The Google Glitch: Free Speech, Stereotypes, and Sacred Myths

Imagine for a moment that you are the boss of Google. You’re on vacation when you get a call that the place is going up in flames over an internal memo that one of your white, male engineers has written condemning the company’s approach to diversity. Some women are threatening to quit unless the memo’s author is fired. What would you do?

If you find that question easy to answer, I humbly suggest you haven’t thought hard enough. It’s understandable that many Americans leap to one position or another. We live in a moment when tweets pass for discourse, and “breaking news” continually short-circuits deep thought. But the firing of software engineer James Damore for writing, among other things, “On average, men and women biologically differ in many ways. …” deserves more than reflexive outrage. After all, we’re talking about the clash of two pillars of our society -- free speech and the presumptive equality of all persons. When pillars clash, we should all worry about the roof caving in.

Google’s CEO, Sundar Pichai, fired Damore for his memo’s “harmful gender stereotypes.” I’ll share my views on this below, but first, put on your miner’s helmet. We need to delve beneath the surface of these social fault lines to better understand the subterranean geography of our society.

The First Amendment establishes our free speech rights. Damore claims he was wrongly fired because he had a right to bring up working conditions with his colleagues. Courts may decide the merits of that claim, but for now it’s important to recognize that free speech rights have never been absolute. You cannot hide behind the First Amendment to harass someone, to disrupt religious services, or to incite a lynching. The government may be constrained from censoring our speech, but employers can impose all kinds of limitations and penalties, especially within the workplace.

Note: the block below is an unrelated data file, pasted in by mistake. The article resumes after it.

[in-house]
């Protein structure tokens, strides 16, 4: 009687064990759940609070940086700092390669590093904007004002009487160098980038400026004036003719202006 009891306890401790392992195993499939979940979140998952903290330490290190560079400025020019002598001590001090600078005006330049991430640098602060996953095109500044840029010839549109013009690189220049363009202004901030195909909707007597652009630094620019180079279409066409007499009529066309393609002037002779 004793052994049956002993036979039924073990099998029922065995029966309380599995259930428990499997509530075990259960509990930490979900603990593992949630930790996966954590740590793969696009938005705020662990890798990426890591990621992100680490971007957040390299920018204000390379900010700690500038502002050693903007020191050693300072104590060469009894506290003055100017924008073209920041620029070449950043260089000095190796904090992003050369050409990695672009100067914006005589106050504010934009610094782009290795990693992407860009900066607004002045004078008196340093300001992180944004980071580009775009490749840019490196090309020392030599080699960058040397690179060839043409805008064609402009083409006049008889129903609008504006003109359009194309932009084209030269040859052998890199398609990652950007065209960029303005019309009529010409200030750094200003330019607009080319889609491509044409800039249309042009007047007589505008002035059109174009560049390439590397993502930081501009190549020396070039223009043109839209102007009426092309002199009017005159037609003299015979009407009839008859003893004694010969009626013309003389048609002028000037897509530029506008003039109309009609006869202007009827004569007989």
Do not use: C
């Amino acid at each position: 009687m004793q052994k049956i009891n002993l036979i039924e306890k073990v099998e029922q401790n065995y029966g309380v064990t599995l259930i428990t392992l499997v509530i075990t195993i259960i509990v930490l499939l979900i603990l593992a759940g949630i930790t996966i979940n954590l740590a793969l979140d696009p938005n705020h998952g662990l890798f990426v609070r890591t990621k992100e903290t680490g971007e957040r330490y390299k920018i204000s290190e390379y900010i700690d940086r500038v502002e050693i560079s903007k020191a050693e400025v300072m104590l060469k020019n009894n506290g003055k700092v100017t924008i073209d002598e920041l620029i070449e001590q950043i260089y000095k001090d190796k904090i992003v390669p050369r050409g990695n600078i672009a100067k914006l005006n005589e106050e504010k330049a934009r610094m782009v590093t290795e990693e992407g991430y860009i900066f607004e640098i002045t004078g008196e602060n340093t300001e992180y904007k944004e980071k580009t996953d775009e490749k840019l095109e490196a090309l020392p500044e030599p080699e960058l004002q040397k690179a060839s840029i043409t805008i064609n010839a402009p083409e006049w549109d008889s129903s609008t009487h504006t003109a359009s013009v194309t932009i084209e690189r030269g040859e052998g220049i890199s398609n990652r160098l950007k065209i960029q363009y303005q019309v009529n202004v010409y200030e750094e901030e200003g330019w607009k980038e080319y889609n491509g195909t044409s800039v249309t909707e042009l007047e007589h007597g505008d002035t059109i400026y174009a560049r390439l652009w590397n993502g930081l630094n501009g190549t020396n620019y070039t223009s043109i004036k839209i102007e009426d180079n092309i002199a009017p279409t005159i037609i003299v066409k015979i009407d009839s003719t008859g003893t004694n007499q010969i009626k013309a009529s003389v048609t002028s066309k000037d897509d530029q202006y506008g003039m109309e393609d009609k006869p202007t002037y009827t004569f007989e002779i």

That’s the easy part. The fault line runs under a fogbound trench called “hate speech.” There’s no doubting that hate speech exists, but like art it’s hard to define. Is “God hates fags,” hate speech or a theological position? To me, it’s clearly both, but that does nothing to resolve the dilemma over how society should respond. Courts have largely relied on time, place, and manner restrictions to define the limits of free speech, but on the campuses of universities and now of tech companies, the controversy burns out of control.

The Westboro Baptists’ crude sloganeering is loathsome yet rightfully protected within time, place, and manner bounds. At a certain distance, they can picket a funeral, disgusting as that practice may be, provided they do not disrupt it. But if that is indeed protected speech, why should James Damore lose his job? After all, he expressed no hatred in his memo. On the contrary, he explicitly states, “I strongly believe in gender and racial diversity, and I think we should strive for more.”

The answer, I think, lies in time, place and manner. This is a time when tech giants are under fire for perceived gender and racial bias. Damore chose to express his views within his company, which means that Google had every right to weigh the consequences of his speech, hateful or not, against the value of his continued employment. Finally and most crucially, the manner of Damore’s expression was clearly provocative. His patchy empiricism and disclaimers notwithstanding, from the title down the essay is no invitation to dialogue; it is a poke in the eye. Oh, did I mention? It’s called “Google’s Ideological Echo Chamber.”

But there’s more. In citing stereotypes, CEO Pichai said, “Our co-workers shouldn’t have to worry that each time they open their mouths to speak in a meeting, they have to prove that they are not like the memo states.”

That’s admirable. Unfortunately, it embodies a categorical error about stereotypes. As Steven Pinker has pointed out, many (though certainly not all) stereotypes center on some true generalities. It is a true generality, for example, that men are taller than women. This has no bearing on whether any particular man is taller or shorter than any particular woman.

Whether we voice them or not, we all generate stereotypes. This is no surprise, since stereotyping about people grows out of the key human instincts for categorizing and abstracting. That’s not an excuse for prejudice. It’s what you do with your stereotypes that counts.

We all carry around a stereotype about what constitutes a chair, for example. It’s useful in preventing us from sitting on a spike rather than a cushion. Most of us would say a chair has four legs, a seat, and a back. Within that stereotype we can easily fit a wooden chair and a lazy boy recliner. But if confronted with a rubber ball as chair, we may have to recontour the stereotype.